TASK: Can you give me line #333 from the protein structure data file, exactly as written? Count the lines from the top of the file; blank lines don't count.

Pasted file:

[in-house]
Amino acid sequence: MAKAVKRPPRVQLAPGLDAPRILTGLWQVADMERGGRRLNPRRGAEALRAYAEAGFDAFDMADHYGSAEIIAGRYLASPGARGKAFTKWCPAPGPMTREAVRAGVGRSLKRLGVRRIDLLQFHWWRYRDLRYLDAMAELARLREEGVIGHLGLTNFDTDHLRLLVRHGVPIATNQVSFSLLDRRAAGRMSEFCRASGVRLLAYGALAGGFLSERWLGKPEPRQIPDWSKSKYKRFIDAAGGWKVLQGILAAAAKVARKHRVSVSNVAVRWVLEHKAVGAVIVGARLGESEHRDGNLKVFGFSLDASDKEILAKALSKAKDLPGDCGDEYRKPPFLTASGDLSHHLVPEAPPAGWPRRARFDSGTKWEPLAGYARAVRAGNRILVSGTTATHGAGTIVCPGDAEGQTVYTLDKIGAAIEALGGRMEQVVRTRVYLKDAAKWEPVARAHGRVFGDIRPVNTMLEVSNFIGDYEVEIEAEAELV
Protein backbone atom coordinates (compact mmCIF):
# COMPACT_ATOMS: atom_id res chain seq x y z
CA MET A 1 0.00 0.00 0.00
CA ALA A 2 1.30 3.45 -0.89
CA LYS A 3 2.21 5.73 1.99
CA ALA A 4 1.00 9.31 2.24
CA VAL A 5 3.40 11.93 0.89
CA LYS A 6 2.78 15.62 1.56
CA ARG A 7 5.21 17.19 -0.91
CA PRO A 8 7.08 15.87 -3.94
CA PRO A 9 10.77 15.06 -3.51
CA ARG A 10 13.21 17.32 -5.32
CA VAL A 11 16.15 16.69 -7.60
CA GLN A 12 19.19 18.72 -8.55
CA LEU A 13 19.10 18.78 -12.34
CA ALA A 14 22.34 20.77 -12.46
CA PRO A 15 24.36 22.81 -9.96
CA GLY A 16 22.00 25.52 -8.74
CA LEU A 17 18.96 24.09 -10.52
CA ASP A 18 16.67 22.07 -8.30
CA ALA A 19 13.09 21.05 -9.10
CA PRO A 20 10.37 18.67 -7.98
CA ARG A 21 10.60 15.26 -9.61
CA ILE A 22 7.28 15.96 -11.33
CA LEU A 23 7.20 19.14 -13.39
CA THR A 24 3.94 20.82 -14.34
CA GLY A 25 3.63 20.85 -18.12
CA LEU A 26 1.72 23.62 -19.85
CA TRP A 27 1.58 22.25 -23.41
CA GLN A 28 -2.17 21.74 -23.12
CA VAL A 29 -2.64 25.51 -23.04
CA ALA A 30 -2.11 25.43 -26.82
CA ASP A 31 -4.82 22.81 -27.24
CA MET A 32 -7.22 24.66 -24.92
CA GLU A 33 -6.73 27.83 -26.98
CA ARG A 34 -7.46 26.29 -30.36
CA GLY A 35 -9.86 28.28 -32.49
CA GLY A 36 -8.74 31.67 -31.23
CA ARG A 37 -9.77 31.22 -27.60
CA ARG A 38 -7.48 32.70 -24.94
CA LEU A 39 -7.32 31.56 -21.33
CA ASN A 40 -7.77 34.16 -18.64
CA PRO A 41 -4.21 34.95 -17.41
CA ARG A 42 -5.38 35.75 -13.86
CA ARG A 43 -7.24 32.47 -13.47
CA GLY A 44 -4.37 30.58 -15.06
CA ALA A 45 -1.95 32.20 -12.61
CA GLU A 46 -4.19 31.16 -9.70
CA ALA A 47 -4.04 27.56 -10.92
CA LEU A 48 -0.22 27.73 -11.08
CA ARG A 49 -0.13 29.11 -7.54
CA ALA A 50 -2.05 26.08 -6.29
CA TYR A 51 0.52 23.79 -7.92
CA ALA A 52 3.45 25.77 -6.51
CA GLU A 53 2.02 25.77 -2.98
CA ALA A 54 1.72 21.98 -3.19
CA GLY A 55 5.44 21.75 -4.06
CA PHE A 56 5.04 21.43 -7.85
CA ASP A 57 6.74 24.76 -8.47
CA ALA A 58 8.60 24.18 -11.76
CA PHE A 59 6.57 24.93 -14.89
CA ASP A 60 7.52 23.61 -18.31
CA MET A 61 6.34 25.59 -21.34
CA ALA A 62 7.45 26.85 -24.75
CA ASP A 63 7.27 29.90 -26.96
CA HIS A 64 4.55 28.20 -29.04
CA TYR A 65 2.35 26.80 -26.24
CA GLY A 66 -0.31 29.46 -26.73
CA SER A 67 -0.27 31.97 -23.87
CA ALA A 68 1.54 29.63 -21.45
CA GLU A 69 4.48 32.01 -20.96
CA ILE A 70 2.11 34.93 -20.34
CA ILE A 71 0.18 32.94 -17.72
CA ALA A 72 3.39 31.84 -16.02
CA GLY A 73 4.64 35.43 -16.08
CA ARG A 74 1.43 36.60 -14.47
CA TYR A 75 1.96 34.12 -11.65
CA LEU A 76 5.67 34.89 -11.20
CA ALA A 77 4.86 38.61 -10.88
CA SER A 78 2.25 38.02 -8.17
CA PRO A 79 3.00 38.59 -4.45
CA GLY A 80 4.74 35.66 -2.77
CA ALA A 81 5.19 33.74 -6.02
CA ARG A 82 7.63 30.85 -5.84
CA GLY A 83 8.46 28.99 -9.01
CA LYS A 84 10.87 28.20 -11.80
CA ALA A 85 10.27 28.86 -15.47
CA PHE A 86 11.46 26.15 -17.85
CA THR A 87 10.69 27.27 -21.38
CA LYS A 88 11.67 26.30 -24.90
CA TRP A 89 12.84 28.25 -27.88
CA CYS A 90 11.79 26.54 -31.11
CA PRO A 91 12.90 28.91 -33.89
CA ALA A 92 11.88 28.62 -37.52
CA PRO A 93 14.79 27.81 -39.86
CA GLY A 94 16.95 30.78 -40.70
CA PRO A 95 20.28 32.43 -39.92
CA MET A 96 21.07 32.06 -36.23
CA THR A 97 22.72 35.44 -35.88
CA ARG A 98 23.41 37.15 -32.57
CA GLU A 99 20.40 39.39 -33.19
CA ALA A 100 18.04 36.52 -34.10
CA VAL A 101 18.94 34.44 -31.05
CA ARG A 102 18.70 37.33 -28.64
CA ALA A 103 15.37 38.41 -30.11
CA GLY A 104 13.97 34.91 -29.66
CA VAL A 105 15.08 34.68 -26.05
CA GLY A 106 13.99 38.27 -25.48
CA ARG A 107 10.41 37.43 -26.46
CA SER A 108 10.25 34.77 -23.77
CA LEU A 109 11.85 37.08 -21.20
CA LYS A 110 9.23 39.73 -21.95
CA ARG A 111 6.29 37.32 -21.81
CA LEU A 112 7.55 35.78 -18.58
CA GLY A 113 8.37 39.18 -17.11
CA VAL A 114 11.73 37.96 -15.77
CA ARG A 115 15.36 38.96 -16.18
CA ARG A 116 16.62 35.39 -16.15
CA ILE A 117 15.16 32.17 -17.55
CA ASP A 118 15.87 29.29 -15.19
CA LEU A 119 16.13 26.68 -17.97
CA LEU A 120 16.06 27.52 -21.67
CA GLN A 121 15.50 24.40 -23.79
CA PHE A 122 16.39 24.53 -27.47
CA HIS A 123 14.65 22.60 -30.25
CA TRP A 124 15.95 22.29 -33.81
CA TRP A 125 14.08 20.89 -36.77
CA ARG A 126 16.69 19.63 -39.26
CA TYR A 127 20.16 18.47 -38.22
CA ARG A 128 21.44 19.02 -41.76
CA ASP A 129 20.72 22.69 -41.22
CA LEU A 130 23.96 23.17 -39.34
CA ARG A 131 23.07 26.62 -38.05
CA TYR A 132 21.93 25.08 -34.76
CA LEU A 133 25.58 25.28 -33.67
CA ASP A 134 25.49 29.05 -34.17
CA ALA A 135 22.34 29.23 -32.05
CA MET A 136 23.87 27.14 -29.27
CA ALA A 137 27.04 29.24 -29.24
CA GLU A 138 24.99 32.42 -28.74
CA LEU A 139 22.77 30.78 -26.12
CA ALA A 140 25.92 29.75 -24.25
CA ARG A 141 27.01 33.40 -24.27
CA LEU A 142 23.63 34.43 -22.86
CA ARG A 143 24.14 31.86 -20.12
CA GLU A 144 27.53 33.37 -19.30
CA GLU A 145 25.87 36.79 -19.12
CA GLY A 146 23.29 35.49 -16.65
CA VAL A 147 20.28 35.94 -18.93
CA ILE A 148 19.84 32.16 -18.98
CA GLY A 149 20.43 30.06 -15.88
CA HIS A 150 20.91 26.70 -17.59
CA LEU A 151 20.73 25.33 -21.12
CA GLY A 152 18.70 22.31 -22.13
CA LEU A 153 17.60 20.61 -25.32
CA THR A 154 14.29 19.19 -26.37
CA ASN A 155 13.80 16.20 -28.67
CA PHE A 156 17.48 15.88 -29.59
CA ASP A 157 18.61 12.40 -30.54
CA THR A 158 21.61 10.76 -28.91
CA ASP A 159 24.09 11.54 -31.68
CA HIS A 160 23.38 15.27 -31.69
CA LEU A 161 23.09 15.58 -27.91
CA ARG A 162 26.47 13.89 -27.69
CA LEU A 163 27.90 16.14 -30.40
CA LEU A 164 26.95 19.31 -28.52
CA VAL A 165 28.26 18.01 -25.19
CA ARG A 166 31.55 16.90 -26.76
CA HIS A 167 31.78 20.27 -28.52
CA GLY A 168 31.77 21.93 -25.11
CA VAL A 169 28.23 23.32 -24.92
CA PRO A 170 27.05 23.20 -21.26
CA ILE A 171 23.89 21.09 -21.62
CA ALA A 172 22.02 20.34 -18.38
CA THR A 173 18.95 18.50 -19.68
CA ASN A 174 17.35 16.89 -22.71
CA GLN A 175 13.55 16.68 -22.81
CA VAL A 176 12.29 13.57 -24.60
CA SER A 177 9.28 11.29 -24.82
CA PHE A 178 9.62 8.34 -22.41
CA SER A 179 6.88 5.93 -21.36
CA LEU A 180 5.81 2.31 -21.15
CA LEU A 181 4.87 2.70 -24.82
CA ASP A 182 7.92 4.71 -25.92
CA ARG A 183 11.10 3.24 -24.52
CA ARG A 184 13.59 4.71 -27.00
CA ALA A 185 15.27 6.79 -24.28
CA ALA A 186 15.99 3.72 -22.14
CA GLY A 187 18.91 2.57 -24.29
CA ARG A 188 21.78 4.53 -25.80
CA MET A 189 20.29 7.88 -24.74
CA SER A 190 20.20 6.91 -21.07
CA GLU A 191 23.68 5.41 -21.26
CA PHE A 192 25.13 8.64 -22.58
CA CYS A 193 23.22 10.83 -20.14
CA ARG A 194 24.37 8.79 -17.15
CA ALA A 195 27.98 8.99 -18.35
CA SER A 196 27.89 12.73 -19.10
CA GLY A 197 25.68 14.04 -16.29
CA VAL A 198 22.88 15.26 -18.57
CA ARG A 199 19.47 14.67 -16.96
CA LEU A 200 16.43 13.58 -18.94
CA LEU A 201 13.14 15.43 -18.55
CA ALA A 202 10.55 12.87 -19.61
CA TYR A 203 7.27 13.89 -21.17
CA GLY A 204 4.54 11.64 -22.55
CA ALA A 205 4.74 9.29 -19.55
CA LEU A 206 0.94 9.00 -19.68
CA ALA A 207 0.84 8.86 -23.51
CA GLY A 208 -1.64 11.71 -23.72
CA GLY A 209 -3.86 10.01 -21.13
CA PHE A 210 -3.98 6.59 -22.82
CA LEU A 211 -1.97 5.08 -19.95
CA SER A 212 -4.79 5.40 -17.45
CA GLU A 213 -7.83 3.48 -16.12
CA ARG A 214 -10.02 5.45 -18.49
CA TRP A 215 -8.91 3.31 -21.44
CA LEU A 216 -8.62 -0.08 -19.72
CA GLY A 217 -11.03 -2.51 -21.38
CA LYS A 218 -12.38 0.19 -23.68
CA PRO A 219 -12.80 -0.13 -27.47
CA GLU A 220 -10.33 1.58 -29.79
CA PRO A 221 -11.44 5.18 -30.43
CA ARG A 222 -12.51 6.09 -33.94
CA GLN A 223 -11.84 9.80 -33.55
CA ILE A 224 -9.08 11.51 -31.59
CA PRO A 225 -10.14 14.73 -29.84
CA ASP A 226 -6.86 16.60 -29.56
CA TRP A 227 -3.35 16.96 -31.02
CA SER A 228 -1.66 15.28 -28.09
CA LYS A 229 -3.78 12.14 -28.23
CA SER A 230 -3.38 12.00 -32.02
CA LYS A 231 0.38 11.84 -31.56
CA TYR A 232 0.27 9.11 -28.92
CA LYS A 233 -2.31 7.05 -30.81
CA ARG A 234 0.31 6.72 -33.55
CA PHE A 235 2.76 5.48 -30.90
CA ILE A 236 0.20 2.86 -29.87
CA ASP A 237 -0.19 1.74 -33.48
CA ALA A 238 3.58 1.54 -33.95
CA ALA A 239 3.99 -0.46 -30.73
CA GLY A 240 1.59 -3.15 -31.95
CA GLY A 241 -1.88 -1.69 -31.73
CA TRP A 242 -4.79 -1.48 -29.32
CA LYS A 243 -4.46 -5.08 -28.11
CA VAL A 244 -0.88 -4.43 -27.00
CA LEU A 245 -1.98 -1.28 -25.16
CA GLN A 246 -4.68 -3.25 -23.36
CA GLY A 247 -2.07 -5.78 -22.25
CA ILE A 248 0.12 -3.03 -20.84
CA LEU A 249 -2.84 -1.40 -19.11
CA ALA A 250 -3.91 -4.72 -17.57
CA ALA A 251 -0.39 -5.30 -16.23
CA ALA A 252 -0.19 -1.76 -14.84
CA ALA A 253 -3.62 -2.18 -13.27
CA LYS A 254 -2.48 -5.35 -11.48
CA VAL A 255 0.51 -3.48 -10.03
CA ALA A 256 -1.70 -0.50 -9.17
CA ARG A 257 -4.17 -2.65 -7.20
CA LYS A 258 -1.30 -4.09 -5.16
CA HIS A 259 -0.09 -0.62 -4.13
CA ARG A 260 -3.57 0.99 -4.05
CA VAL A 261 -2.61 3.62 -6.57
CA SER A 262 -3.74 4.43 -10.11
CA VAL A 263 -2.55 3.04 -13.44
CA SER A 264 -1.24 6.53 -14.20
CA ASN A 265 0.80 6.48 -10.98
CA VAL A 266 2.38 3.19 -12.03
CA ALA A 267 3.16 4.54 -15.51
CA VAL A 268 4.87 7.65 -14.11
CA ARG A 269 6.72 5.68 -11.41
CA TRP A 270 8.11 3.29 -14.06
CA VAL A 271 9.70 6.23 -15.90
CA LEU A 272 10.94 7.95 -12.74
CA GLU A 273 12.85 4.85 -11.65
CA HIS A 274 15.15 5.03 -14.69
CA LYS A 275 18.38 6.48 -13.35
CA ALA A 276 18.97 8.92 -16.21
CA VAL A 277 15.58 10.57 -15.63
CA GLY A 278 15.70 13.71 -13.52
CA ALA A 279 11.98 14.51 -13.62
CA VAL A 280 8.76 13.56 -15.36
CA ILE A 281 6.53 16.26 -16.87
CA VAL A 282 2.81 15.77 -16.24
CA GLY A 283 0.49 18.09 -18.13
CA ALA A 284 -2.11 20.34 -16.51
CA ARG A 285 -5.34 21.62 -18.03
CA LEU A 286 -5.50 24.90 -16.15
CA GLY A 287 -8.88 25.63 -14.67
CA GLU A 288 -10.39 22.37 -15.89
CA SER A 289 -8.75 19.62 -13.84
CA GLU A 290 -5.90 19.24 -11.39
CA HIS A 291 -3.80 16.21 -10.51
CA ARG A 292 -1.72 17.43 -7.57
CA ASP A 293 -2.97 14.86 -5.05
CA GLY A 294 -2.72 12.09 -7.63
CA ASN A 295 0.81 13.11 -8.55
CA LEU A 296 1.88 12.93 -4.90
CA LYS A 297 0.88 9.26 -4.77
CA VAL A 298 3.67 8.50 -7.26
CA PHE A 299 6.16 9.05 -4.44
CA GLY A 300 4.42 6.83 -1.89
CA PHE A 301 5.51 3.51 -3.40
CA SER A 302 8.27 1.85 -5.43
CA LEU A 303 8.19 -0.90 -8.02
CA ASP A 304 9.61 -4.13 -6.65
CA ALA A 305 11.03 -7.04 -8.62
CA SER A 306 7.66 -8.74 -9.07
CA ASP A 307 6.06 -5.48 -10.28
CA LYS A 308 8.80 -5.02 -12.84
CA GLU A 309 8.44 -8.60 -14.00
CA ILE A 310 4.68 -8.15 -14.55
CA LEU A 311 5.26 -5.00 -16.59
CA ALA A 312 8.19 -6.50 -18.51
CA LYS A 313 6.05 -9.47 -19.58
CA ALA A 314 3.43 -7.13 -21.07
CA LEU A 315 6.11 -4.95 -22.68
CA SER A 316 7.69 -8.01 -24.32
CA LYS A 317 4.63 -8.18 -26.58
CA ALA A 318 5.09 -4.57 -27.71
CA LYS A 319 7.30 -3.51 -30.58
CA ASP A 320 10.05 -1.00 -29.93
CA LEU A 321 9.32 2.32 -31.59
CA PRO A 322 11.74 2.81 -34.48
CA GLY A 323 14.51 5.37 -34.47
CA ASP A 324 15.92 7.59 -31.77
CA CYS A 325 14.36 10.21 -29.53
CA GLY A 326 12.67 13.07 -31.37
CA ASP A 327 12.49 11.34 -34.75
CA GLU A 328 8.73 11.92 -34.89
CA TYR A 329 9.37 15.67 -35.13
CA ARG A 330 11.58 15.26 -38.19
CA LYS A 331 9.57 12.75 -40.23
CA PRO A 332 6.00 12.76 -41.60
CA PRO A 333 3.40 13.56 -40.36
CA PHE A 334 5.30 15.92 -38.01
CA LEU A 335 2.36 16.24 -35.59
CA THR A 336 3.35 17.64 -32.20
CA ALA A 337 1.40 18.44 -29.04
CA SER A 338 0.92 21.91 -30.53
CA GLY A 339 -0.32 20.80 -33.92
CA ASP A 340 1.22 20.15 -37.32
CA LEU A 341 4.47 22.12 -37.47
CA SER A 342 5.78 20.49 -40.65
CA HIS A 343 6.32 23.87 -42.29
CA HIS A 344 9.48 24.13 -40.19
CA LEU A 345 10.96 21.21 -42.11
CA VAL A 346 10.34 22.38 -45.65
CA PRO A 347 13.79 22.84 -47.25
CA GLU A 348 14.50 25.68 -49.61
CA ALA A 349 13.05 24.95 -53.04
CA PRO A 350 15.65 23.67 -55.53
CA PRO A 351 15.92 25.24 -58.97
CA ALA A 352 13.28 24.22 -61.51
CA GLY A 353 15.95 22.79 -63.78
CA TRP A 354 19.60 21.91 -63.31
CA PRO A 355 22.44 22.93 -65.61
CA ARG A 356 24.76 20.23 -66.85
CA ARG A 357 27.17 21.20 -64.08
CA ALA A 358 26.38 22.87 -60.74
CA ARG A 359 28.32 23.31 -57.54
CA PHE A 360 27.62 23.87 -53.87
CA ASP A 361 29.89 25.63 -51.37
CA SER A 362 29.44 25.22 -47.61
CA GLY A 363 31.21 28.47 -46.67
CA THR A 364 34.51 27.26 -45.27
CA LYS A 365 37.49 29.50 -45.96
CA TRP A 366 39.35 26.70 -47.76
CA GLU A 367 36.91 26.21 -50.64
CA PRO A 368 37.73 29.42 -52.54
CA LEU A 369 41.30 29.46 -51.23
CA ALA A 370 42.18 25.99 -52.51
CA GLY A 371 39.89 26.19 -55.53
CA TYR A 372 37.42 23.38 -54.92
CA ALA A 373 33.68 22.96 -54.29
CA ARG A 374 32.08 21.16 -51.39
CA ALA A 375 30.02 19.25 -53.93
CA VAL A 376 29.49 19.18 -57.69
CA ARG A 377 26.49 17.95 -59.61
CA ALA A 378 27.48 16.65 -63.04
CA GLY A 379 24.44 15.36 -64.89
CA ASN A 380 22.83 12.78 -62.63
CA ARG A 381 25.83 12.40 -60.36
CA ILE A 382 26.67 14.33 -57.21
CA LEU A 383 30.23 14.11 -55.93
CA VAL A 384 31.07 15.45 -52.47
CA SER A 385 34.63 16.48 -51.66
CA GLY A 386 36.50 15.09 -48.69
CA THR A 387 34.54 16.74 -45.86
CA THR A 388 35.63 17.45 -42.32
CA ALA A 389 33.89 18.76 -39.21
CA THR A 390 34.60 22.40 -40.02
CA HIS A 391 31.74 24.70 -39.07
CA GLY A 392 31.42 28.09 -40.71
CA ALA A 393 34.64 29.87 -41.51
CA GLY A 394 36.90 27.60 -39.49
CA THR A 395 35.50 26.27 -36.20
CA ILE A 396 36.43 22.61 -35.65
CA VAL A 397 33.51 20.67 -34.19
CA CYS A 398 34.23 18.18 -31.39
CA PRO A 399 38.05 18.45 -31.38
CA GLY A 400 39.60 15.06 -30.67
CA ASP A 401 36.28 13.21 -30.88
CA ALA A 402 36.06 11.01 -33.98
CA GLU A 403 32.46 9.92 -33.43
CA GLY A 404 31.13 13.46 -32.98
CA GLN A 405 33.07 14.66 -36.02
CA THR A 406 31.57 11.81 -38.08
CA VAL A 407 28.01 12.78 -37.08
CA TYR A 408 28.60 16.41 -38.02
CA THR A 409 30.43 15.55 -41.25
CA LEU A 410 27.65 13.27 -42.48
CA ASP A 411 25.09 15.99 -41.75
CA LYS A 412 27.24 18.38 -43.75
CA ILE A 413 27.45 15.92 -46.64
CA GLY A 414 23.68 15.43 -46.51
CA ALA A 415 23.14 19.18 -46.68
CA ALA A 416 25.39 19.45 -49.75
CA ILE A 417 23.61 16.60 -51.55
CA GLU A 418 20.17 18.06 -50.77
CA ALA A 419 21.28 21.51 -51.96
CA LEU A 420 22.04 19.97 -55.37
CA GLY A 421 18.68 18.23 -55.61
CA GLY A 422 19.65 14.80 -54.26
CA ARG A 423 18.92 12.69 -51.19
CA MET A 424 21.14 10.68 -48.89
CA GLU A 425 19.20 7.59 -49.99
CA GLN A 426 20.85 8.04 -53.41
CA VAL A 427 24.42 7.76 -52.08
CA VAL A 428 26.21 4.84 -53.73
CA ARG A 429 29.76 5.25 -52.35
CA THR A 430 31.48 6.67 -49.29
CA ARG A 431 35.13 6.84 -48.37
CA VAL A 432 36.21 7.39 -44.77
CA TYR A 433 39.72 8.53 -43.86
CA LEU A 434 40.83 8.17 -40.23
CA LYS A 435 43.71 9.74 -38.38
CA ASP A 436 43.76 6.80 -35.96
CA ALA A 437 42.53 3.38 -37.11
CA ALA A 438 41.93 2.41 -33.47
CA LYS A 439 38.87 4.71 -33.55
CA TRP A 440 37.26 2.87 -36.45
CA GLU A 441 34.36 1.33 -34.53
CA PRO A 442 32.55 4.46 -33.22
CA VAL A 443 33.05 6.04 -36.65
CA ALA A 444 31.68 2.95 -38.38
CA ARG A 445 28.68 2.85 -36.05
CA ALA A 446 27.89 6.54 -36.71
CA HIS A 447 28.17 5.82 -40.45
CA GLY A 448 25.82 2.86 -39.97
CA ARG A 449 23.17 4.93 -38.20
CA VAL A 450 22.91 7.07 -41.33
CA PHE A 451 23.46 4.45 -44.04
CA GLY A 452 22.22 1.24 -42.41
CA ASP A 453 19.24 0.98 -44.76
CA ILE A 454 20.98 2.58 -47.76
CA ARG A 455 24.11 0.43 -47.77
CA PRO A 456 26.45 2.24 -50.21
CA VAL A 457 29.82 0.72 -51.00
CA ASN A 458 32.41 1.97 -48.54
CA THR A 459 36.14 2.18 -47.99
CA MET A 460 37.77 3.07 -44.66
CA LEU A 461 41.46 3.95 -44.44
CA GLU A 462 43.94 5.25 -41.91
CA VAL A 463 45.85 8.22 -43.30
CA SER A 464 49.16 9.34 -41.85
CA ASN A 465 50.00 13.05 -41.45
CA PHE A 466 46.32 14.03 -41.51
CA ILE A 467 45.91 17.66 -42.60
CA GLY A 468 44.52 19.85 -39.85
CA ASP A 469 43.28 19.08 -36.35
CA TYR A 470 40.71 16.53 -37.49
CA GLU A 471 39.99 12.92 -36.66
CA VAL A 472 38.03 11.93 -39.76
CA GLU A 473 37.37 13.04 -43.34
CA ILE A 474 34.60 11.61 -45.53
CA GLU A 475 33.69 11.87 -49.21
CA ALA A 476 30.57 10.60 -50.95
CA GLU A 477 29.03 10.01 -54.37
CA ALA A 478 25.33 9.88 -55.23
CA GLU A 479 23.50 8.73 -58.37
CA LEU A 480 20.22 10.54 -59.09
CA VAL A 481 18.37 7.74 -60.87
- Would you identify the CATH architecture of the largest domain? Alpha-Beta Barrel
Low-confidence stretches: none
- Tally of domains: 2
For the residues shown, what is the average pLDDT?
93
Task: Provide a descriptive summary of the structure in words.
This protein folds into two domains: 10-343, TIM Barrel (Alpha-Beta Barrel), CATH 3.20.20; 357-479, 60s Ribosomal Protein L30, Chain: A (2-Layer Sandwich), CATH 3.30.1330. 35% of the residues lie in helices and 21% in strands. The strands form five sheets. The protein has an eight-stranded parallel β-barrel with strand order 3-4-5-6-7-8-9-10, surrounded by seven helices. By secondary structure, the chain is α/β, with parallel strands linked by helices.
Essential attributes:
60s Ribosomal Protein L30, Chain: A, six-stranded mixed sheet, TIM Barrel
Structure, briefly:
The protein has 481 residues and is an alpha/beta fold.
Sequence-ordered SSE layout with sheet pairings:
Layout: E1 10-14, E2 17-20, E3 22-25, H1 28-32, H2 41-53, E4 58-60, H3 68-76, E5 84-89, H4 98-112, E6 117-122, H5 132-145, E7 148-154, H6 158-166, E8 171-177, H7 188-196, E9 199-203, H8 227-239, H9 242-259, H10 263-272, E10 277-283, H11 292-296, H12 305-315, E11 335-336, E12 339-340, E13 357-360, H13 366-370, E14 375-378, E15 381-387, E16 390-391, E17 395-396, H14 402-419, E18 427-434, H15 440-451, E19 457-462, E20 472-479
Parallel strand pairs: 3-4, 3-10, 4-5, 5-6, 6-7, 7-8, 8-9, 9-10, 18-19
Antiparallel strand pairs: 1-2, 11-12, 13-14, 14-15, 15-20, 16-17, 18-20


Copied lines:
CA TYR A 329 9.37 15.67 -35.13